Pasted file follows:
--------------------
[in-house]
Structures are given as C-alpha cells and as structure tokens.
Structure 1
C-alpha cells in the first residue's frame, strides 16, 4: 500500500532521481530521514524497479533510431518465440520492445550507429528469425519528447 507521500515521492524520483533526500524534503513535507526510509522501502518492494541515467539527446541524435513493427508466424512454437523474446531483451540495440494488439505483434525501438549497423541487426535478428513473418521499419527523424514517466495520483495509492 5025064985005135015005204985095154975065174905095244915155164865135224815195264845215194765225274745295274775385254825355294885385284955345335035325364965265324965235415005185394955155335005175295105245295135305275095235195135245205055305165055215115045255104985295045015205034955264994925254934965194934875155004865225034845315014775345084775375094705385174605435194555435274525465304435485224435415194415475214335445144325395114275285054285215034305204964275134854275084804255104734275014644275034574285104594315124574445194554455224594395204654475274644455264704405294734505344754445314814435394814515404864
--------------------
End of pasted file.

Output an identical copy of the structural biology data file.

[in-house]
Structures are given as C-alpha cells and as structure tokens.
Structure 1
C-alpha cells in the first residue's frame, strides 16, 4: 500500500532521481530521514524497479533510431518465440520492445550507429528469425519528447 507521500515521492524520483533526500524534503513535507526510509522501502518492494541515467539527446541524435513493427508466424512454437523474446531483451540495440494488439505483434525501438549497423541487426535478428513473418521499419527523424514517466495520483495509492 5025064985005135015005204985095154975065174905095244915155164865135224815195264845215194765225274745295274775385254825355294885385284955345335035325364965265324965235415005185394955155335005175295105245295135305275095235195135245205055305165055215115045255104985295045015205034955264994925254934965194934875155004865225034845315014775345084775375094705385174605435194555435274525465304435485224435415194415475214335445144325395114275285054285215034305204964275134854275084804255104734275014644275034574285104594315124574445194554455224594395204654475274644455264704405294734505344754445314814435394814515404864